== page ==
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Affluent Americans are still feeling nervous about the economy, but as a group, they’re not quite as worried as they were back in January, according to a recent survey.
The “Mendelsohn Affluent Survey 2009 Annual Report,” released by New York-based Ipsos Mendelsohn, focused on the top portion of U.S. households, those with annual incomes of $100,000 or more, representing an estimated 20 percent of U.S. households (or 23.9 million households) and 19 percent of U.S. adults (or 43.1 million heads of households). The affluent represent more than half of all U.S. household income, or approximately $4.6 trillion, the survey said.
One of the main questions the survey sought to answer was whether the affluent would help lead the country out of the recession.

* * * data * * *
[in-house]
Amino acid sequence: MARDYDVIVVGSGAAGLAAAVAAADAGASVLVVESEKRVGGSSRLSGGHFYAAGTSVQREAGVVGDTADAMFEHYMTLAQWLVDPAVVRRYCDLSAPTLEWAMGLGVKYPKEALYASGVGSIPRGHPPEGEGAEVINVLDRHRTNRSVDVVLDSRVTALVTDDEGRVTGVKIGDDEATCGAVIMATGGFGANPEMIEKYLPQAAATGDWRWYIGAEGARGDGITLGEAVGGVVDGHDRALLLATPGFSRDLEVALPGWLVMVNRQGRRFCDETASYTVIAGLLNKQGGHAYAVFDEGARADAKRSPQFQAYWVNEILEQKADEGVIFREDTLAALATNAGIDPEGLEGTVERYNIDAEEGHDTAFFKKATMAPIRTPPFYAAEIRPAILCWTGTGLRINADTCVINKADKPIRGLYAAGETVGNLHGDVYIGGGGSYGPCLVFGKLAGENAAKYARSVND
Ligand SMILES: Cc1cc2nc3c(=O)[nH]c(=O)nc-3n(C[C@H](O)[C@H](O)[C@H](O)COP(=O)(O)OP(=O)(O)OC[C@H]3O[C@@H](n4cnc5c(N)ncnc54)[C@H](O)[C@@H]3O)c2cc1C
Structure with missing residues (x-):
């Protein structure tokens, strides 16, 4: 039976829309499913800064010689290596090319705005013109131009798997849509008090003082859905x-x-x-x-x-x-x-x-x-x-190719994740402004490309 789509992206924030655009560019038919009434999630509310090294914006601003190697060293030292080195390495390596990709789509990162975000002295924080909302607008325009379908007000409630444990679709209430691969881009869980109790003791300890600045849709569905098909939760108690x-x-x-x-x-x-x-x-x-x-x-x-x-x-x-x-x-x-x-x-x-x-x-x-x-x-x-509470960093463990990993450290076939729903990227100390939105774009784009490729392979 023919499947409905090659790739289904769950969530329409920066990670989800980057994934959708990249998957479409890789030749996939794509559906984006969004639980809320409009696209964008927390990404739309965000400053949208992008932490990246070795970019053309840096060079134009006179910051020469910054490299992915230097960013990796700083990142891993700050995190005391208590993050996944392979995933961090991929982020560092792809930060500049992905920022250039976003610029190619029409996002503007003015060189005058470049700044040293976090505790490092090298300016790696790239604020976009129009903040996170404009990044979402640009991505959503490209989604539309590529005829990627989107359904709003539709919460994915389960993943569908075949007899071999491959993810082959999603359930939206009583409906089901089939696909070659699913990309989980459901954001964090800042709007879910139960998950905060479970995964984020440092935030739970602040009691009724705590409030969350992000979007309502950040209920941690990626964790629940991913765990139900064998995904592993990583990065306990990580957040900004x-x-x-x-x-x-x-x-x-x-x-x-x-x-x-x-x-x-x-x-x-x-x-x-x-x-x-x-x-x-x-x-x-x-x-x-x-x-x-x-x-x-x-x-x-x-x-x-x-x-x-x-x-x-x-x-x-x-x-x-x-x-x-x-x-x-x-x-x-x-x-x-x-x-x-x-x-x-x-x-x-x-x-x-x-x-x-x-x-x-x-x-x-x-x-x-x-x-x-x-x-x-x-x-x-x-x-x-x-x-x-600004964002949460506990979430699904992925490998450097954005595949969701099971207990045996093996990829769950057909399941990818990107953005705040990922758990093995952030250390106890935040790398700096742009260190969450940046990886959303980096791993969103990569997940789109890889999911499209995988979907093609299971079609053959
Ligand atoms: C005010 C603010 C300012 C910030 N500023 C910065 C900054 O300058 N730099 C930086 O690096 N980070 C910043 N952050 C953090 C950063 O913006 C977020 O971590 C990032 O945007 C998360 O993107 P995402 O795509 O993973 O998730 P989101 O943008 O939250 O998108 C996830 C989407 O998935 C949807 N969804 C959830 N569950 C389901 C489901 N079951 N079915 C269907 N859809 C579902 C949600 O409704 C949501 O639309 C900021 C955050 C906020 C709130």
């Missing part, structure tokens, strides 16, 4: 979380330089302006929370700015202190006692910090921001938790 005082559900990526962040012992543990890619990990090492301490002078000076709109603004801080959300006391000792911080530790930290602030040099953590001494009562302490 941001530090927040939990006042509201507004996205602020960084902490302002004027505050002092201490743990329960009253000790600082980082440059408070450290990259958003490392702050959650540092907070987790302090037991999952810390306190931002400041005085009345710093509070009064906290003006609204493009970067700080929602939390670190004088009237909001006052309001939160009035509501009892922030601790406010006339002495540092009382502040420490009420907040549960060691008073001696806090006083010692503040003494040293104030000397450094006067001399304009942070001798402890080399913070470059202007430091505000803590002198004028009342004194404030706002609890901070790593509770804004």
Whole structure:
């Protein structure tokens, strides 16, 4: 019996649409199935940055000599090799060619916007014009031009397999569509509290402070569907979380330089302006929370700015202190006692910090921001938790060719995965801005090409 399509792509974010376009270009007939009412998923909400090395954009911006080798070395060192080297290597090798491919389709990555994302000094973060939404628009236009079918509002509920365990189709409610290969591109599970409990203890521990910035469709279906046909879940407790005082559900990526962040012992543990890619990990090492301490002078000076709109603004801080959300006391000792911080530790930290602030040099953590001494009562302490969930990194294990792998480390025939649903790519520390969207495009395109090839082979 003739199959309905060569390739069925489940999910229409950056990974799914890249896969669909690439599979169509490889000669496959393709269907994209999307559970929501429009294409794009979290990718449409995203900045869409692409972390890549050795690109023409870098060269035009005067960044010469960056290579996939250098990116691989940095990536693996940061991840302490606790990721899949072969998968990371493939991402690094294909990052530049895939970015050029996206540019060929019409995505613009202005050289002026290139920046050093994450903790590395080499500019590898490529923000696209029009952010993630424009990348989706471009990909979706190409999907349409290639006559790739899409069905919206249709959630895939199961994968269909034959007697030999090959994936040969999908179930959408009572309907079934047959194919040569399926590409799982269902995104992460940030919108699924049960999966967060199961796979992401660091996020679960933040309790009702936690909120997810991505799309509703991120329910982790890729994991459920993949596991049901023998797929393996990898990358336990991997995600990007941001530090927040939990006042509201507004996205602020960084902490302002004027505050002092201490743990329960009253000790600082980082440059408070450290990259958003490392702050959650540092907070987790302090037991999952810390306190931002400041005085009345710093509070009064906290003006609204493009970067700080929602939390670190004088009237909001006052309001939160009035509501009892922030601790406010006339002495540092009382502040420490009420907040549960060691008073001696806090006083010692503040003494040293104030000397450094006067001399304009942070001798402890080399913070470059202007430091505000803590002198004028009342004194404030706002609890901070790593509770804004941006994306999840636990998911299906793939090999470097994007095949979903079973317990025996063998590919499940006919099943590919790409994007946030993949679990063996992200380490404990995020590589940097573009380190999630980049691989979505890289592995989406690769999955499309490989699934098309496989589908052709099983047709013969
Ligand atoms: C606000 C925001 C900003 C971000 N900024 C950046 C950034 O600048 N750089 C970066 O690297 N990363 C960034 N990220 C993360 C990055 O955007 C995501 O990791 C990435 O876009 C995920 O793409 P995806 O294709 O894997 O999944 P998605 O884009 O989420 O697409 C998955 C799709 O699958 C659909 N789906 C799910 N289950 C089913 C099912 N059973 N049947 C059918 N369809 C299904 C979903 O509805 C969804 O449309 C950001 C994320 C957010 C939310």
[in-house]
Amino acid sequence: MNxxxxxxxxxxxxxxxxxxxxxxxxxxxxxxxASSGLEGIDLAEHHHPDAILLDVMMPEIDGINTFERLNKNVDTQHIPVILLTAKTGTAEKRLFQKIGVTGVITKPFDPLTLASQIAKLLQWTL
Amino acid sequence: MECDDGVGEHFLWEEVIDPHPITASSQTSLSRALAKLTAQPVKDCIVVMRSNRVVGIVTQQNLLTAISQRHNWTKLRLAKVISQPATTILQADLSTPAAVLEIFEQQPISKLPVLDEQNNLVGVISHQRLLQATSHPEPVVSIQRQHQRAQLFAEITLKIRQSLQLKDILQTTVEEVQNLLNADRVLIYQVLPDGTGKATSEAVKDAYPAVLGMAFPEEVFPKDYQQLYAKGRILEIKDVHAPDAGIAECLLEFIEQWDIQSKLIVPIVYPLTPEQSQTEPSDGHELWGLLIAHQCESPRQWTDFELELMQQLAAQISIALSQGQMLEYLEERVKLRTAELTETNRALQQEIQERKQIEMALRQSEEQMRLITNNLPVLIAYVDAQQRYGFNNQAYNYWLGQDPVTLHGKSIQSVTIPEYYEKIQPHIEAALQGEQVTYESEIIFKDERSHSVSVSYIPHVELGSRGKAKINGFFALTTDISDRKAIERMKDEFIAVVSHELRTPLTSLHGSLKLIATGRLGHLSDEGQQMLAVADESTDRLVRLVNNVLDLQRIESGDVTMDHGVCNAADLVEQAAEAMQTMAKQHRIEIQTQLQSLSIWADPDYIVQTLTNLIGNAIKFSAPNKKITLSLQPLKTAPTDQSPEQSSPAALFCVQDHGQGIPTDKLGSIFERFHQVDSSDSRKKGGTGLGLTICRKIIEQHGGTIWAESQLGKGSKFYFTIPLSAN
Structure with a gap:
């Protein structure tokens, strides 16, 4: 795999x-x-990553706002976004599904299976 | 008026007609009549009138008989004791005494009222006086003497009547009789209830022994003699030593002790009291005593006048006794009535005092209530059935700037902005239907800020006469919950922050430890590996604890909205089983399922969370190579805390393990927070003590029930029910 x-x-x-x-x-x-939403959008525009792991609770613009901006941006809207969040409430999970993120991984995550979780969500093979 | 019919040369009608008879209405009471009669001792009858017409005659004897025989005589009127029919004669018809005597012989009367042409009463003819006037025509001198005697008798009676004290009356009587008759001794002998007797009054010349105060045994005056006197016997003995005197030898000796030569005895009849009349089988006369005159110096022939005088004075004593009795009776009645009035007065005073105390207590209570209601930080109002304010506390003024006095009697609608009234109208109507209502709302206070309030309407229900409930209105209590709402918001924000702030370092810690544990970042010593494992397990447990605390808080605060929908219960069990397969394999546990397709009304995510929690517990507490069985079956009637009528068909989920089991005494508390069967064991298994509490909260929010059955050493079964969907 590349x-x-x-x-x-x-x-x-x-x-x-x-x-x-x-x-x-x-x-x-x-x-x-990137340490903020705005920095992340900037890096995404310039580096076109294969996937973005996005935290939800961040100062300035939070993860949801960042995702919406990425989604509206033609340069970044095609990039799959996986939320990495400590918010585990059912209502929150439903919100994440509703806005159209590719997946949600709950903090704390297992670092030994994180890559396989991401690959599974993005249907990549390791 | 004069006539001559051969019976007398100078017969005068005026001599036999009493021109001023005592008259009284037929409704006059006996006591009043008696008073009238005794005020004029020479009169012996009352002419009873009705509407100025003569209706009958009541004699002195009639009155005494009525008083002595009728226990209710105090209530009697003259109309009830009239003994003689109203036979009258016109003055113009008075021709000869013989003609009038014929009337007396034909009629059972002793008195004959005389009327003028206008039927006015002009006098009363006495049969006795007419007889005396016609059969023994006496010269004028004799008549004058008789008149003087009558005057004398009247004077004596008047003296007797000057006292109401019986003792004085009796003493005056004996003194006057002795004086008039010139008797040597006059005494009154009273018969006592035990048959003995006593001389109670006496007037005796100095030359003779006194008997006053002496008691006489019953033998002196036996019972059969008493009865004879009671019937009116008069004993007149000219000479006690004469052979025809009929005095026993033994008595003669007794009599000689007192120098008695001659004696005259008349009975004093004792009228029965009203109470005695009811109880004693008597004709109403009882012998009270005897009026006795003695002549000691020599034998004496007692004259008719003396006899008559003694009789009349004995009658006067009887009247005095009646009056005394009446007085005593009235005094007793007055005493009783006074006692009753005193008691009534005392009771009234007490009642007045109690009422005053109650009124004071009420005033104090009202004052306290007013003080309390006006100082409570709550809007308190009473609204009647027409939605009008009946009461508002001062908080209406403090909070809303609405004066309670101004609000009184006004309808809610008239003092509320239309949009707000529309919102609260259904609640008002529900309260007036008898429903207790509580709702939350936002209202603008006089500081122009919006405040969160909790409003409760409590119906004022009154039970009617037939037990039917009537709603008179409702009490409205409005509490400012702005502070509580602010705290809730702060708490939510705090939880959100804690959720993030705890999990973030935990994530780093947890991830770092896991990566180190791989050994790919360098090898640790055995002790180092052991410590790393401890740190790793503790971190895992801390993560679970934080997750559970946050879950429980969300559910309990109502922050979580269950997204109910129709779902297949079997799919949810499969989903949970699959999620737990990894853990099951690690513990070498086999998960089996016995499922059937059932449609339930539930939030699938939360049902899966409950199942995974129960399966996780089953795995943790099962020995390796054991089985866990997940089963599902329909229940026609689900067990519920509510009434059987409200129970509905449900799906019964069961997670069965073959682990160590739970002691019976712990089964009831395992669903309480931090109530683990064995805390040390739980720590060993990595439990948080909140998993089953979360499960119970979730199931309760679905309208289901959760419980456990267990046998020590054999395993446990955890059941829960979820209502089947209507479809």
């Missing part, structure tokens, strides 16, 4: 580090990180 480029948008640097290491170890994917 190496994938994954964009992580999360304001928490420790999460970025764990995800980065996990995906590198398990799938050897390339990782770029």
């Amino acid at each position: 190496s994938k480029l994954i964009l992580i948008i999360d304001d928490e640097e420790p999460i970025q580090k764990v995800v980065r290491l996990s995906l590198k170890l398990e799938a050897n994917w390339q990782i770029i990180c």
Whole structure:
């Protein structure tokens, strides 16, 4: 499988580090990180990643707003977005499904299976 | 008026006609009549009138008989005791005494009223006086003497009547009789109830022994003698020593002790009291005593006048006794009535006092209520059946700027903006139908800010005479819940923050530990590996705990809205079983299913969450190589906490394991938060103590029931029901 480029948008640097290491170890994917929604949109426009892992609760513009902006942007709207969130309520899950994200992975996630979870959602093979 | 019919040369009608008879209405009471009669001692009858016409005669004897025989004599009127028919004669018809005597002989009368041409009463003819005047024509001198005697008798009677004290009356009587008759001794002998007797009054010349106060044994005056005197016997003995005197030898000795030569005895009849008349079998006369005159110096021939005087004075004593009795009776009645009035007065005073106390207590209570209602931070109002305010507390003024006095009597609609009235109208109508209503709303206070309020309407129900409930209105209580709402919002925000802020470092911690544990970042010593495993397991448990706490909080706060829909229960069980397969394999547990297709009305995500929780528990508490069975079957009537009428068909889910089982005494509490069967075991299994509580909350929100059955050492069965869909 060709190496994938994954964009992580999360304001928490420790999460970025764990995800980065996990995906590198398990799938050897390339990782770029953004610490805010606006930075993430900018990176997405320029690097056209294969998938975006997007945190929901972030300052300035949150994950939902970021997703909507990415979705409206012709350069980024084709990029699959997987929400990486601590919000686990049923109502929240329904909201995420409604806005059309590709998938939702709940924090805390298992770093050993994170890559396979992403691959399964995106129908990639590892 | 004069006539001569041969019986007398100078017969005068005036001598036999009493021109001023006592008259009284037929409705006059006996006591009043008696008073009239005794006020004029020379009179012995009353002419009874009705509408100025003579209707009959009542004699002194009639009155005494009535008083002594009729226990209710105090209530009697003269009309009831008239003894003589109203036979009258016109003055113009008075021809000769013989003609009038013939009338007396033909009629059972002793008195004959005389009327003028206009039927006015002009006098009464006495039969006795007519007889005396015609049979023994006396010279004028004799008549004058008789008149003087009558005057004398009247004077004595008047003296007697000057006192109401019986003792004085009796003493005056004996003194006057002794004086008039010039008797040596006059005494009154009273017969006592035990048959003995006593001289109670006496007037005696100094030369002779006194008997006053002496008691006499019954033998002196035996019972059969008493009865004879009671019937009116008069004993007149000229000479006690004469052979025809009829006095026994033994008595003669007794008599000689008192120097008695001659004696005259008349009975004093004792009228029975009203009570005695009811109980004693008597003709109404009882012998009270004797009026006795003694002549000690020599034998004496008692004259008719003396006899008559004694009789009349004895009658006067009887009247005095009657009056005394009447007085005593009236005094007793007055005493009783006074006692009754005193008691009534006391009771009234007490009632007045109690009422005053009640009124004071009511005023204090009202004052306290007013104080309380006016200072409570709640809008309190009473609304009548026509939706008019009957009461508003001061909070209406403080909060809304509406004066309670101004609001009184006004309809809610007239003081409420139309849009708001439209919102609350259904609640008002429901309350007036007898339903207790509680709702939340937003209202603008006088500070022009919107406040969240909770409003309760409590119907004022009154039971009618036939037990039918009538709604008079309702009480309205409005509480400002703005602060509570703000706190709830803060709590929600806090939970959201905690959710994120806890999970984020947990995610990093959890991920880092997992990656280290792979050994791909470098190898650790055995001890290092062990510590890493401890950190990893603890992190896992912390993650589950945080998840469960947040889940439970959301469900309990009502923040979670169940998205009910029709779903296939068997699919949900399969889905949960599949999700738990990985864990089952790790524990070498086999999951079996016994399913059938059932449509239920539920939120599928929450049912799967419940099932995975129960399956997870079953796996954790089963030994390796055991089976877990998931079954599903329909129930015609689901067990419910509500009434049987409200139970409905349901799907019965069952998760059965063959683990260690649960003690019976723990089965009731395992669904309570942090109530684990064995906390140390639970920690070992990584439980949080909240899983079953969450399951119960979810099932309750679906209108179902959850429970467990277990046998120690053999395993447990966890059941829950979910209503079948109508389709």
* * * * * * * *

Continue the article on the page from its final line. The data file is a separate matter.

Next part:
Back in January, the economy was the No. 1 worry among 60 percent of affluent Americans, according to the survey, but now the economy is top of mind for 43 percent. On a related note, 54 percent of affluent Americans reported that they’re now optimistic about the economy going forward, a slight improvement from the 50 percent that said the same back in April.
In regards to shopping, the most common sentiment cited in the survey was, “When I discover a brand I really like, I keep buying it,” which the researchers, by extrapolation, estimated could be attributed to 37.5 million members of the affluent American population. Another big sentiment – “When it comes to quality, I believe you get what you pay for” -- was attributed to 34.5 million. “Good value for the money is more important than price” was ascribed to 32.8 million, the survey said.
The survey was based on 13,275 completed questionnaires from male and female heads of households with annual incomes of $100,000 or more.